CAUTION: Whenever you start a rig from a parked position, always hold the rig with the service (foot) brake as you release the parking brake. The rig can move in either direction as you release the parking brake unless you are holding it with the foot brake. When a big rig starts rolling, it is easy to become disoriented and think that a stationary vehicle beside you is the one doing the rolling when it is actually your rig. Drivers have been crushed between vehicles that accidentally rolled unexpectedly backward or forward. And don't forget: Whenever you park, immediately apply your parking brake.

DO: Team up with other members of your class to study methods of shifting and clutching various diesel and gasoline truck engines. (There should be at least four groups.) Each group should be assigned either clutch operation or gear shifting for a particular manufacturer. Suggestions: Group One - Spicer clutches; Group Two - Fuller transmissions; Group Three - Spicer transmissions; Group Four - Clark transmissions. One member of each group should go to the nearest truck dealership and pick up brochures either explaining clutch operation for the assigned engine or giving the shifting specs (i.e., the RPM spread between gears) on the assigned transmissions. Explanations will be given in sales brochures probably available in the sales showroom area.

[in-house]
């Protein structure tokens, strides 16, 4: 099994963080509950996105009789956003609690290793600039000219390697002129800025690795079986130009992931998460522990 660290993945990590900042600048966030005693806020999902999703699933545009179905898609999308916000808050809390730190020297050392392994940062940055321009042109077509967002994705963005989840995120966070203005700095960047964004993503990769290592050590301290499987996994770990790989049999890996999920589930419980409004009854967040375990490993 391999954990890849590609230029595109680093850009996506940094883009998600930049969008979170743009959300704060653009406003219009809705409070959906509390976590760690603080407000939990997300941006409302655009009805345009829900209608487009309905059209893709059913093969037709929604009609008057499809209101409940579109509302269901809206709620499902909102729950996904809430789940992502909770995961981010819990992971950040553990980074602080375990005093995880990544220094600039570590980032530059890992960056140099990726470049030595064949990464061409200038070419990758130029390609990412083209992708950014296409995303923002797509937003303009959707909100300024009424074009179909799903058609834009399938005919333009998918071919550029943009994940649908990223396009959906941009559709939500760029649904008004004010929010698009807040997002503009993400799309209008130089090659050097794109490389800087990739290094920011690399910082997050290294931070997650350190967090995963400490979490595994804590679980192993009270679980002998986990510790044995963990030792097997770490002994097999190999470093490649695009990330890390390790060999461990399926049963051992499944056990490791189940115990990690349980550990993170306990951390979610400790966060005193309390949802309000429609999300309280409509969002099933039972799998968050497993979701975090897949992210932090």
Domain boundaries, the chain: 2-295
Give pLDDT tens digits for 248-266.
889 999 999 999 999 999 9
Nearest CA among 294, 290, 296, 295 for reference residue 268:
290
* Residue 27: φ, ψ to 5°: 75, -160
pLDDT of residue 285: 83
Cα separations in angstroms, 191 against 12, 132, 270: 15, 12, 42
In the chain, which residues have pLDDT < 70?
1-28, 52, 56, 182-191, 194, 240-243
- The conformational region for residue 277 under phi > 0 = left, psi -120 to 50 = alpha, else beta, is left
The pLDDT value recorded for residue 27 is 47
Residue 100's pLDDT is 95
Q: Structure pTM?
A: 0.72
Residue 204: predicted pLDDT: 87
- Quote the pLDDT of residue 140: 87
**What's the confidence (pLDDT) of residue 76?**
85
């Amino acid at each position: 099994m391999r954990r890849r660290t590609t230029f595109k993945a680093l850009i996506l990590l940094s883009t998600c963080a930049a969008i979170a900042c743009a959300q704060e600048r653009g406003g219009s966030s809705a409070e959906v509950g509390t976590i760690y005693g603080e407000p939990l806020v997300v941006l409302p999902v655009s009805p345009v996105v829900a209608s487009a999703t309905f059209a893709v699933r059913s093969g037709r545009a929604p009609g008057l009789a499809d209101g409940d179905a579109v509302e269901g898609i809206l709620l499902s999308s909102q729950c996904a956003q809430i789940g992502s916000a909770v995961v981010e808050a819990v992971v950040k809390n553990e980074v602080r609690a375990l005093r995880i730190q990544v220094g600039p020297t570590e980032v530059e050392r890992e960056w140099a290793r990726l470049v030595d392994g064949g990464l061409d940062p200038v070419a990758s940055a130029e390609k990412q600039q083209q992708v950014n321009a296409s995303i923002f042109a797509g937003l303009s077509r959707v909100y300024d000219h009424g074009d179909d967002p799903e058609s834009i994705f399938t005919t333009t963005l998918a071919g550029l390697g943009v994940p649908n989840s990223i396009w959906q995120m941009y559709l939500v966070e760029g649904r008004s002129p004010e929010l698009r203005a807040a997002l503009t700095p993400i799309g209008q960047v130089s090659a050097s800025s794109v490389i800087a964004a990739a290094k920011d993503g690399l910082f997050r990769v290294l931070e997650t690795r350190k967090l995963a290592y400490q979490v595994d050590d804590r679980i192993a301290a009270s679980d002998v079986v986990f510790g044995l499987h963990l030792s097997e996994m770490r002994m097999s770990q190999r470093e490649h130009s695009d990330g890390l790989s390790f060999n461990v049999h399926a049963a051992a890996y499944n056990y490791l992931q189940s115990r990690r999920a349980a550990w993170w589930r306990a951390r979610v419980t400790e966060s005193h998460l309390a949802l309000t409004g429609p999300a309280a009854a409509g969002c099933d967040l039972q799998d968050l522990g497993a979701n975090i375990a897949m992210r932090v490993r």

In your group, study and discuss your topic: either smooth clutch operation or smooth gear shifting. When you feel you understand how the assigned operation is handled on your assigned engine, present this information to the other class groups. When you have made your presentation and listened to the presentations made by the other groups, discuss how starting one engine differs from starting another.

Since methods will vary for each engine, this exercise will give you a good understanding of how operation of one vehicle differs from operation of another. It will also provide you with the most up-to-date information on clutching and gear-shifting available, as you will be working from newly published information direct from the manufacturers.